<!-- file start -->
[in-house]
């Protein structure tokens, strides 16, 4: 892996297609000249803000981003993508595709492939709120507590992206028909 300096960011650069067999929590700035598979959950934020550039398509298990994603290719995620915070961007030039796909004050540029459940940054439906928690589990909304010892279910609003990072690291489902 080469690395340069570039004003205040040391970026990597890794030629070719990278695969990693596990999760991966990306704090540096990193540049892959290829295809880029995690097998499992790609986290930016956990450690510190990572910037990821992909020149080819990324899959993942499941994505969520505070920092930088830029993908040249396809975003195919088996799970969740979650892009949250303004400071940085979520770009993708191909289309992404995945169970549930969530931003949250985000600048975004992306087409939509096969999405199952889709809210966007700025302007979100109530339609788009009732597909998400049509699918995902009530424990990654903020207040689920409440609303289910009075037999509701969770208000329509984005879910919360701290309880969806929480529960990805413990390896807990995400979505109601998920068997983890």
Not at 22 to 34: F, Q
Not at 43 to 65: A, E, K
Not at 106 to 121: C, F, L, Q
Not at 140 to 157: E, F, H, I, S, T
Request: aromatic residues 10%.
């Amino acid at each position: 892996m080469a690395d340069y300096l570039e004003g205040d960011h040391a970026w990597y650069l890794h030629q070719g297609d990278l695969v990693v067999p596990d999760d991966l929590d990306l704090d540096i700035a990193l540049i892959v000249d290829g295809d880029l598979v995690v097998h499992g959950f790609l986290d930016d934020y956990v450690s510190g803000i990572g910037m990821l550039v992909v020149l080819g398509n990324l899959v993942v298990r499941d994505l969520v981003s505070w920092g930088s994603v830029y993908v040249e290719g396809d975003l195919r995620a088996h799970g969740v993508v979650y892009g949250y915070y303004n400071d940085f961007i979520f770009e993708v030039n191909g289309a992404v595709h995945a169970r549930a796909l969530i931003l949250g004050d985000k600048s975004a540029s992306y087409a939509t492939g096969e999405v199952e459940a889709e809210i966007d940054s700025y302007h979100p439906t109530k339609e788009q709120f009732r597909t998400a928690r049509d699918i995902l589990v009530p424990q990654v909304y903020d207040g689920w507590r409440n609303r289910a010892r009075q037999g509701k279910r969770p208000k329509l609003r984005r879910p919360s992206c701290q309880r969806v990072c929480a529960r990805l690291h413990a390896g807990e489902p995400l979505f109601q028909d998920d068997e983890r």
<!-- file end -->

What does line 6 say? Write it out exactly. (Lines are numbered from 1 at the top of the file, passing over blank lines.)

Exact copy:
Not at 140 to 157: E, F, H, I, S, T